# Can we use elliptic curve cryptography in wireless sensors?

Can we use elliptic curve cryptography in wireless sensors?

If so, how do you map points to message characters?

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One nice (not too detailed) overview paper I found: research.microsoft.com/en-us/um/people/klauter/ieeefinal.pdf – Paŭlo Ebermann Apr 29 '12 at 17:47

Of course wireless sensors can use elliptic curve cryptography, why wouldn't they be able to? TinyECC provides elliptic curve crypto for TinyOS. If you are on another OS, you'll have to find a library that will work for your platform.

As for mapping a message to points, the problem is the same whether you are on a sensor or a desktop computer. It is, however, a little trickier than in other cryptosystems (e.g., RSA). Section 16.2.3 of "Introduction to Cryptography with Coding Theory" has this to say about the general idea:

The problem of encoding plaintext messages as points on an elliptic curve is not as simple as it was in the conventional case. In particular, there is no known polynomial time, deterministic algorithm for writing down points on an arbitrary elliptic curve $E\pmod p$. However, there are fast probabilstic methods for finding points, and these can be used for encoding messages.

Instead of typing out the entire section, I'll assume you can get access to the book and see the method described. There are others that you should be able to find online with out much trouble (TinyECC might even have the methods pre-coded for you).

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Yes, one can use Elliptic Curve Cryptography in wireless sensors.

A typical use of ECC in this domain would be to authenticate the sensor and establish a symmetric session key using a combination of ECDSA and ECDH. That symmetric session key would then protect application data, insuring confidentiality and integrity using AES-GCM. This is hybrid cryptography.

Notice that in this typical use case, there is no mapping of points on elliptic curve to "message characters" representing application data; rather, application data is dealt with by mean of symmetric cryptography.

The main benefit of using ECC rather than RSA or Rabin in resource-constrained devices like wireless sensors is that for equivalent security, ECC needs less RAM, and shorter keys and messages; and also less CPU power when computing a signature, or establishing a session key, or (hybrid) DEcryption. On the other hand, for signature verification or straight Public Key ENcryption, RSA uses less CPU power (and allows shorter signed messages as well for many real-life use cases, including certificates).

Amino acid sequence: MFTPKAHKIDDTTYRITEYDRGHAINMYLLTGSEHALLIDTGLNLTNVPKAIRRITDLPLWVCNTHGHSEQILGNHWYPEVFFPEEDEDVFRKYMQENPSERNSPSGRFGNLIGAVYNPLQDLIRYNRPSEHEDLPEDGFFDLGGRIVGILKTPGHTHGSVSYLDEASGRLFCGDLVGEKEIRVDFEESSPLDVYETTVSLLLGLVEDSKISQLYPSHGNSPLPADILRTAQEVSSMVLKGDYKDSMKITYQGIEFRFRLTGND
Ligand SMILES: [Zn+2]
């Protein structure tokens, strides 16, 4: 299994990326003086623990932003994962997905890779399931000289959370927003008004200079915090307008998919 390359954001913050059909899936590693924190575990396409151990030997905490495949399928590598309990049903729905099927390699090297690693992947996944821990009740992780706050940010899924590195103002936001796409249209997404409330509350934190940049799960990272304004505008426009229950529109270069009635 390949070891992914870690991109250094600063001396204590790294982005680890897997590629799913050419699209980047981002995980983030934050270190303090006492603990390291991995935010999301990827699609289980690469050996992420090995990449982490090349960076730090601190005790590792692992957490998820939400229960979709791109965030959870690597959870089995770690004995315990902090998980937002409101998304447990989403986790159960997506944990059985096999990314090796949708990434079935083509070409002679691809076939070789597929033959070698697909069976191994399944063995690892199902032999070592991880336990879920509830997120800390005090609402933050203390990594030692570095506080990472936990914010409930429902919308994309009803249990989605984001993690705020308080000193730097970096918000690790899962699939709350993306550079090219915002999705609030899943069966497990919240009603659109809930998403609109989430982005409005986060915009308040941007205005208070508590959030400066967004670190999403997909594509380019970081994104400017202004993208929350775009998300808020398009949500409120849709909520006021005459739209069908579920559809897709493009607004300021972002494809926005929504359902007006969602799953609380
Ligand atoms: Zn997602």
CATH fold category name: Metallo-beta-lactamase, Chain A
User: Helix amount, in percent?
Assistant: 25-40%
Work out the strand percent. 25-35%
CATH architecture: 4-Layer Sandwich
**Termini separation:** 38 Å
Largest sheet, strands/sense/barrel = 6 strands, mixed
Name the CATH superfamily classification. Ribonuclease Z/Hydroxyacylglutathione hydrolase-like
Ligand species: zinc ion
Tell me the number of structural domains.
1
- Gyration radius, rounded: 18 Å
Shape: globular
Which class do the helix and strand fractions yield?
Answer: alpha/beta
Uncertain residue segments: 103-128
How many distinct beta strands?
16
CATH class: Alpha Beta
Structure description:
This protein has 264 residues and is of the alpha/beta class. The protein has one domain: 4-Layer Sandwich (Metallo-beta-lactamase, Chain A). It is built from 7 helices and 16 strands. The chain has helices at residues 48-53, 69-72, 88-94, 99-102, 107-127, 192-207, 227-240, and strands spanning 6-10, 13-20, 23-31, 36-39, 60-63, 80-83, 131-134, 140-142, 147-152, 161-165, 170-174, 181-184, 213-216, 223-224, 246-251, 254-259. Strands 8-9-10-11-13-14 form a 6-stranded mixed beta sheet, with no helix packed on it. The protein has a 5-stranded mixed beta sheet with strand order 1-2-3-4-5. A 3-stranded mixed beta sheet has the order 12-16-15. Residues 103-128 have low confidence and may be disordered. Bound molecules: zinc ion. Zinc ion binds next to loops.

As a consequence, ECC has an edge when there needs to be a public method to authenticate the data coming from the sensor (which implies ability to protect confidentiality of a private key in the sensor), or when RAM is extremely constrained, or when the amount of data exchanged during key establishment needs to be reduced to the max.

For other uses, including protecting the sensor from rogue commands and insuring confidentiality of the data sent by the sensor (basically the only goals still achievable when it is impossible to protect long term confidentiality of key material held in the sensor), RSA or Rabin is often a better choice than ECC. More RAM is required, but 1kByte is plenty enough for 2048 bit modulus, and it is used only temporarily during signature verification or PK encryption.

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"and allows shorter signed messages as well for many real-life use cases, including certificates" what do you mean by that? – CodesInChaos Apr 11 '12 at 12:45
@CodeInChaos: Using an RSA signature scheme with message recovery, a signed message needs only be slightly bigger than the original message: 22 bytes over the message or the modulus size, whichever is bigger, when using ISO/IEC 9796-2 scheme 1 with SHA-1, common in the Smart Card industry. Schemes 2 and 3 have provable security. One bearable drawback is that a portion of the message can only be recovered using the public key. – fgrieu Apr 12 '12 at 7:07